Speaking about the offending for which Cardinal Pell was convicted, Kidd CJ said there had been a "profound impact" upon J, one of the victims. With regard to the second victim, who is now deceased, His Honour said the offending "must have had an immediate and significant effect on R".
There was an added layer of "degradation and humiliation" for the two victims in the first episode of offending, His Honour said, in knowing that the abuse suffered by each of the victims was witnessed by the other.
"You were confident your victims would not complain," His Honour said, and said the argument from the defence that the offending was done in a moment of irrationality was "breathtakingly arrogant".
"I find beyond reasonable doubt that there was a breach of trust and [you] have used your position to facilitate this offending."
The offending, His Honour surmised, was an "explicit expression of your authority over them", and characterised the abuse as both "brazen" and "grave".
"On any view, you seized upon the opportunity...to abuse them. Despite there being no grooming, you had time to reflect on your behaviour as you offended, but you failed to desist."
All of the offending, His Honour said, was made worse by the breach of trust and abuse of power, elevating the seriousness of the offending. The moral culpability, Kidd CJ, continued, was "high", and the abuse did not quantify "low-end offending".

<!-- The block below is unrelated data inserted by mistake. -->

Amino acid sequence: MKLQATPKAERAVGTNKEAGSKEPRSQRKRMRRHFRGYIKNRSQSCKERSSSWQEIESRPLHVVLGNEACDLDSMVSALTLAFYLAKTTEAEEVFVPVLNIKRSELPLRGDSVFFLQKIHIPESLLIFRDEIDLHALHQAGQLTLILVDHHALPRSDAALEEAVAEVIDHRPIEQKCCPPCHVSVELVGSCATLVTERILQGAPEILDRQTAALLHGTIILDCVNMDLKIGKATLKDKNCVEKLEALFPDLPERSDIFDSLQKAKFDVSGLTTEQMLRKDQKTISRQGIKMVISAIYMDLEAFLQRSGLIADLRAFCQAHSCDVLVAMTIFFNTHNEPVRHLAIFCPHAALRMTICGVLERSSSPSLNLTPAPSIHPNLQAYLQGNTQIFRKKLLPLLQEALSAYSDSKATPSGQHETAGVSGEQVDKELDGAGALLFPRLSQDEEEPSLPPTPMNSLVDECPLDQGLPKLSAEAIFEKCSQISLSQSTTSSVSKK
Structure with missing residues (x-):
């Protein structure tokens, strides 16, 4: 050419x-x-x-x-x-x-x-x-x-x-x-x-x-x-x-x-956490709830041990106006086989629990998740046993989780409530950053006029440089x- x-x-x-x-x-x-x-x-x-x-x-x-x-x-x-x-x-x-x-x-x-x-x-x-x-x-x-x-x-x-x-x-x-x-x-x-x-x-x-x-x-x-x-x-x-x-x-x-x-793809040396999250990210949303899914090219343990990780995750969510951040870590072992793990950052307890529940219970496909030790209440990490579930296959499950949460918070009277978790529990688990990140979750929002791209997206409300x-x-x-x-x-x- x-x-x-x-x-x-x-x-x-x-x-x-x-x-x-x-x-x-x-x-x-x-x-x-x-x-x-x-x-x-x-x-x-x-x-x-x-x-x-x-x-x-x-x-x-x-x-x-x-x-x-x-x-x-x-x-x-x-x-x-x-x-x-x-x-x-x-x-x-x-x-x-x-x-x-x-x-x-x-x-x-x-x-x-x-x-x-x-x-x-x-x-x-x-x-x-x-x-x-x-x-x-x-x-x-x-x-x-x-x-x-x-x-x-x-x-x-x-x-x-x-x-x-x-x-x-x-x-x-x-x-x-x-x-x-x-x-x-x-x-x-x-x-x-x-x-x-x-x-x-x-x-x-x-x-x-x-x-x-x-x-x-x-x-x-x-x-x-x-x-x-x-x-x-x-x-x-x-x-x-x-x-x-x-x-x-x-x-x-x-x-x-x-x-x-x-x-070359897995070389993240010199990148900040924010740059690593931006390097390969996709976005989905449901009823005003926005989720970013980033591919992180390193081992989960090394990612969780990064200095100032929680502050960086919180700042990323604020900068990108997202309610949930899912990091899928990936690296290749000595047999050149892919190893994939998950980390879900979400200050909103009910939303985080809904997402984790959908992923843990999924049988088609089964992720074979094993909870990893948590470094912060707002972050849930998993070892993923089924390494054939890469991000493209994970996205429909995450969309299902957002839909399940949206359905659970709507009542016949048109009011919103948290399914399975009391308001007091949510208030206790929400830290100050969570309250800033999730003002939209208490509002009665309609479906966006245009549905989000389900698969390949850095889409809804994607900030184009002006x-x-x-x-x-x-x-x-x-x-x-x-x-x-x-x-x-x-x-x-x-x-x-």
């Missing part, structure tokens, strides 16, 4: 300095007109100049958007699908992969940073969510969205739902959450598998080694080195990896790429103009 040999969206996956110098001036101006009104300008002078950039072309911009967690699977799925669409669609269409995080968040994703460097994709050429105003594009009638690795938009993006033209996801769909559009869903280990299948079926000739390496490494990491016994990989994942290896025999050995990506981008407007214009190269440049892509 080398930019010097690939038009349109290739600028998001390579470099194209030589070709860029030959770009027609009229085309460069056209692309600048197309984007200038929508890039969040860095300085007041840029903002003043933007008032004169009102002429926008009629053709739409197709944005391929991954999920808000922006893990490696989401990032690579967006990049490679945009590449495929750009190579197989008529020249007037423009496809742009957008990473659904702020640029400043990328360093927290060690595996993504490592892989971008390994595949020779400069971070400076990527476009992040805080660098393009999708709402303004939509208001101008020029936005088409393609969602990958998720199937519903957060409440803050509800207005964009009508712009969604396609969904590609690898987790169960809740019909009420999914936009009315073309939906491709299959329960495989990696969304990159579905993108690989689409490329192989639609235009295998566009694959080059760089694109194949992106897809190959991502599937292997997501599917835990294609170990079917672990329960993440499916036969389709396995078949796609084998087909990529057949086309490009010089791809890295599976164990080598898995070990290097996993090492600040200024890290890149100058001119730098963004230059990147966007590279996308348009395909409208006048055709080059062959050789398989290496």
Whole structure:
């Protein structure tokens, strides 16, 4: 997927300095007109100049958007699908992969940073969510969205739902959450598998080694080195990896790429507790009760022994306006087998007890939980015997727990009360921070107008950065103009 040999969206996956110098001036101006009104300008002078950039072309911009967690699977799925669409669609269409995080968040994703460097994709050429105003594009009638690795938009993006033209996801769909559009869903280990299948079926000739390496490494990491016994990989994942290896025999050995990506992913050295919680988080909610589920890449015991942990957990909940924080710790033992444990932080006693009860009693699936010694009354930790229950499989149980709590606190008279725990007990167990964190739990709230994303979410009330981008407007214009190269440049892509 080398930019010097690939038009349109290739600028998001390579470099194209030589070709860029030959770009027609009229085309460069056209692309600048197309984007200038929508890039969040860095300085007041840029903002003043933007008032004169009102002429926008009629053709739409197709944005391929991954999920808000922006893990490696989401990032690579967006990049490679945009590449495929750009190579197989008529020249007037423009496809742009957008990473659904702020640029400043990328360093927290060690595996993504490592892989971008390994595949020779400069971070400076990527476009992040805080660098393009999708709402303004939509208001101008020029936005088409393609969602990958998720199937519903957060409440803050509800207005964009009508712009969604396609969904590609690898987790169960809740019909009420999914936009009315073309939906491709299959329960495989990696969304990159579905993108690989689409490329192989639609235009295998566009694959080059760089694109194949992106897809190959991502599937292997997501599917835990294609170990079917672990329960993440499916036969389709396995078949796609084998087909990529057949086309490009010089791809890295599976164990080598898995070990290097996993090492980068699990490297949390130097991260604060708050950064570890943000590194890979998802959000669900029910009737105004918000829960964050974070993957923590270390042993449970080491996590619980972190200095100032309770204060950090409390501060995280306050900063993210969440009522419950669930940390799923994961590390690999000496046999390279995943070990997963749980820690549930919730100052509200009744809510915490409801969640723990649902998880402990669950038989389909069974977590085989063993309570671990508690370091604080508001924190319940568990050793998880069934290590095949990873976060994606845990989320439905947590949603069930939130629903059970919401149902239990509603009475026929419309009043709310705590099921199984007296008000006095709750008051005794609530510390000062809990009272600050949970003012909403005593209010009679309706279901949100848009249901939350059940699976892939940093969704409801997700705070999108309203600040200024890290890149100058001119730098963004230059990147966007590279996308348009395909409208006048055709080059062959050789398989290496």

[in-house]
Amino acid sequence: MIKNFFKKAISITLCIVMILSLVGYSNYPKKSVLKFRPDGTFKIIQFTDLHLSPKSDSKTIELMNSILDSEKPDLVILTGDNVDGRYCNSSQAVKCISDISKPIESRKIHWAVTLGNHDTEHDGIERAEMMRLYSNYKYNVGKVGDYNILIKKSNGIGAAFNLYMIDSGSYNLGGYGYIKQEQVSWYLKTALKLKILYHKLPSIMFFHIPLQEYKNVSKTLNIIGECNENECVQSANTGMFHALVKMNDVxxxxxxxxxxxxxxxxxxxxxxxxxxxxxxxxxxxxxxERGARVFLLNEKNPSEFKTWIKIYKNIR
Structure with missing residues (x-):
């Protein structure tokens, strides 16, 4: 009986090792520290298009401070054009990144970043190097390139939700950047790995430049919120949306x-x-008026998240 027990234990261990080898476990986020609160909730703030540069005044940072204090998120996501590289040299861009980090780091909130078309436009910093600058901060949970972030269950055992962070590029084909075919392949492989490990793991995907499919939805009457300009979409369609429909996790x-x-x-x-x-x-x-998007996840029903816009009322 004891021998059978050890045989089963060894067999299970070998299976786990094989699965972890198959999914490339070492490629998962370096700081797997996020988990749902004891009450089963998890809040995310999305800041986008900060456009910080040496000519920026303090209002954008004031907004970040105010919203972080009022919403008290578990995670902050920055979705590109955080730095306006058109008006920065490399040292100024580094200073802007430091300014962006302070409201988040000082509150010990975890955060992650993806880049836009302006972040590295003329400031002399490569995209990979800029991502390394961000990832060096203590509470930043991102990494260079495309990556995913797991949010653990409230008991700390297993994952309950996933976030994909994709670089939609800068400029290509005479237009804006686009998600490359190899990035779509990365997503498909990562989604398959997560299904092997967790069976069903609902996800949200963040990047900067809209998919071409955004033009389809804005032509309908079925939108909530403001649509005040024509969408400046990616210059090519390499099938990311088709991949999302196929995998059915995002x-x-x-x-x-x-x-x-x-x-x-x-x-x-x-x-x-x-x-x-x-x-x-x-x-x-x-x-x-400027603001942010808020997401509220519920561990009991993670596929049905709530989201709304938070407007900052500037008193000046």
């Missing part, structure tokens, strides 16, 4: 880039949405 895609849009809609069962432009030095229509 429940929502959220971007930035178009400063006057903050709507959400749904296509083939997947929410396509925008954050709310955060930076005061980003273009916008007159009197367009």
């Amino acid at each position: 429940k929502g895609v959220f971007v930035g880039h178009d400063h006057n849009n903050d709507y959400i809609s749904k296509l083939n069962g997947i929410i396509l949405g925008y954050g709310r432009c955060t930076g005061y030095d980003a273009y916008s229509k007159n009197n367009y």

By pleading 'not guilty' to the charges, His Honour continued, there was no evidence of remorse or contrition that could be taken into account in determining the length of sentence.
The evidence before the Court, however, was that these episodes of offending were "isolated", and noted his otherwise good character and career within the Church were taken into account.
The cardinal's age and health were also considered, and the Court said that each year spent in custody will result in a decline in health. "You may not live to be released from prison," His Honour reflected, ceding it was "an awful state of affairs" for Cardinal Pell.
Kidd CJ was satisfied that the cardinal was not a risk for re-offending, given his advanced age and otherwise good character.